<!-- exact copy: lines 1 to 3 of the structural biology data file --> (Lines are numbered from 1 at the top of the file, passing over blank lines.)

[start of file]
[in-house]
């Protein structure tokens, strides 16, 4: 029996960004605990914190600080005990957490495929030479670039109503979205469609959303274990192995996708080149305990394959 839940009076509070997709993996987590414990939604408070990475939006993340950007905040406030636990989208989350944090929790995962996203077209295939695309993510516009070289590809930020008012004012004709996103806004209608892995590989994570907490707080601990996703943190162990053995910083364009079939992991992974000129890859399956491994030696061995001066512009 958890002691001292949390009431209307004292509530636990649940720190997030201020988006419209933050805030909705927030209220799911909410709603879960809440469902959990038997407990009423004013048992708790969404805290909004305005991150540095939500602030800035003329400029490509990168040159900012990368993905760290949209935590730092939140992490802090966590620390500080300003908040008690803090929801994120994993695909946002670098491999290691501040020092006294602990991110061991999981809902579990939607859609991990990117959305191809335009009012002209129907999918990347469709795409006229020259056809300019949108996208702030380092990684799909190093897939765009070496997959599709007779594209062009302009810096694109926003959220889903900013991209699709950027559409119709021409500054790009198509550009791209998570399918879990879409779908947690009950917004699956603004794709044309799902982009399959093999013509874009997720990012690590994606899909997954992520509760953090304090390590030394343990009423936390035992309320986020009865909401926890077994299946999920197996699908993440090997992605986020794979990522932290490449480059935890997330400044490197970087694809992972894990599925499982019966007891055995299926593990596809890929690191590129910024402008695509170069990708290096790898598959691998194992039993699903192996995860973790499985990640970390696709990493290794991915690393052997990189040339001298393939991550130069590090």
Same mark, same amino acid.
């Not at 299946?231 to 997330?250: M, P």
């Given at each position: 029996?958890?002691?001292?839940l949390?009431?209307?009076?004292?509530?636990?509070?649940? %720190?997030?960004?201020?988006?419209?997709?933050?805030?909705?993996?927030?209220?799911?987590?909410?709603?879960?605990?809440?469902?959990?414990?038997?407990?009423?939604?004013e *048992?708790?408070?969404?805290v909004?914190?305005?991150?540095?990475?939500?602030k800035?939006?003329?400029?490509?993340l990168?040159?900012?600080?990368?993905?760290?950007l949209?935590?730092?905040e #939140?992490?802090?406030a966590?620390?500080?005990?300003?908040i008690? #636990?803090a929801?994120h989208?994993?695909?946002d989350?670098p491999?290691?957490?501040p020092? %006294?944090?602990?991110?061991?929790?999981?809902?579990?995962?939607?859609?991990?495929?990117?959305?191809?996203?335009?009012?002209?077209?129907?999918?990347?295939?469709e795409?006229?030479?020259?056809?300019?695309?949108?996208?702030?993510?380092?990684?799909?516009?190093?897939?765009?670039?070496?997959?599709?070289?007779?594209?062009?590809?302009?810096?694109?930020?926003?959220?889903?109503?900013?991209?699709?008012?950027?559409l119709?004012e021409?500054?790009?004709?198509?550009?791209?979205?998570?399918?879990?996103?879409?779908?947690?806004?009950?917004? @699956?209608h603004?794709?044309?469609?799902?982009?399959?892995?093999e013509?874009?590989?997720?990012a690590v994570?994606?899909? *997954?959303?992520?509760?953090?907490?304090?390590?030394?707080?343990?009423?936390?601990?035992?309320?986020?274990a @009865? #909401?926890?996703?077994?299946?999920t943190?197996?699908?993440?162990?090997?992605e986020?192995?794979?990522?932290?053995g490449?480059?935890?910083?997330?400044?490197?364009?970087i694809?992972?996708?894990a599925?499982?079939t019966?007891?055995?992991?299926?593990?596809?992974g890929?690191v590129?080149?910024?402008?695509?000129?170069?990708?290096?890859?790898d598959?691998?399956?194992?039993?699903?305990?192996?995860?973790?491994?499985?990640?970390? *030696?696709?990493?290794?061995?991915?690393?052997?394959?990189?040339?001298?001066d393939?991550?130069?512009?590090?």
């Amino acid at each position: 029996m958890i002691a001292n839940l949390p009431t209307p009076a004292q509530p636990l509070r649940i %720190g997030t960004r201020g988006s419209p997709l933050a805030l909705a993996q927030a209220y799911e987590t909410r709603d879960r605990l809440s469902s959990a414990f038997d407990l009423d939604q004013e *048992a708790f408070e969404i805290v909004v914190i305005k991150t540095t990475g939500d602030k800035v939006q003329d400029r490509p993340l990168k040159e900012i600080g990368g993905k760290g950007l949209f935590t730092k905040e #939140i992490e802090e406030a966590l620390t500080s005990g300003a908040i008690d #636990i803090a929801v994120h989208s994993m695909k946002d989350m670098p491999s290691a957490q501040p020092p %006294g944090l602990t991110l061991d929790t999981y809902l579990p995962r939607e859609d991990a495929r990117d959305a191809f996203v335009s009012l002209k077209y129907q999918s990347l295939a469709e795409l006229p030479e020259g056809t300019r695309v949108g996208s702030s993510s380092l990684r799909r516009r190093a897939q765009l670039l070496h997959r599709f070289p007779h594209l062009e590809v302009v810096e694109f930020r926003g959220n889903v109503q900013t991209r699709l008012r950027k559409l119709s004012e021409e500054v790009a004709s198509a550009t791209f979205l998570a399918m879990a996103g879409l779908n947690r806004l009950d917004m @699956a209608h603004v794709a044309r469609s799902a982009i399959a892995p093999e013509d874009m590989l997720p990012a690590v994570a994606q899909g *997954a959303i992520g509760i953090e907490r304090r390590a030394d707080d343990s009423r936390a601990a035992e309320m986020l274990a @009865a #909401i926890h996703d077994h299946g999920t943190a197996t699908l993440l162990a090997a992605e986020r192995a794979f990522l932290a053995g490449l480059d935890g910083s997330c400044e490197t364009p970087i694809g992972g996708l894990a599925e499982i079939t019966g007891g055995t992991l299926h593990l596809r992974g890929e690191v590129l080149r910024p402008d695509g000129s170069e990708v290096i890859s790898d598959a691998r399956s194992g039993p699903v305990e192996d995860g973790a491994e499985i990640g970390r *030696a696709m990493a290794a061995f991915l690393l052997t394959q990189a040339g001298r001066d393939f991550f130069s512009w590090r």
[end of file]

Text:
[in-house]
């Protein structure tokens, strides 16, 4: 029996960004605990914190600080005990957490495929030479670039109503979205469609959303274990192995996708080149305990394959 839940009076509070997709993996987590414990939604408070990475939006993340950007905040406030636990989208989350944090929790995962996203077209295939695309993510516009070289590809930020008012004012004709996103806004209608892995590989994570907490707080601990996703943190162990053995910083364009079939992991992974000129890859399956491994030696061995001066512009 958890002691001292949390009431209307004292509530636990649940720190997030201020988006419209933050805030909705927030209220799911909410709603879960809440469902959990038997407990009423004013048992708790969404805290909004305005991150540095939500602030800035003329400029490509990168040159900012990368993905760290949209935590730092939140992490802090966590620390500080300003908040008690803090929801994120994993695909946002670098491999290691501040020092006294602990991110061991999981809902579990939607859609991990990117959305191809335009009012002209129907999918990347469709795409006229020259056809300019949108996208702030380092990684799909190093897939765009070496997959599709007779594209062009302009810096694109926003959220889903900013991209699709950027559409119709021409500054790009198509550009791209998570399918879990879409779908947690009950917004699956603004794709044309799902982009399959093999013509874009997720990012690590994606899909997954992520509760953090304090390590030394343990009423936390035992309320986020009865909401926890077994299946999920197996699908993440090997992605986020794979990522932290490449480059935890997330400044490197970087694809992972894990599925499982019966007891055995299926593990596809890929690191590129910024402008695509170069990708290096790898598959691998194992039993699903192996995860973790499985990640970390696709990493290794991915690393052997990189040339001298393939991550130069590090």
Same mark, same amino acid.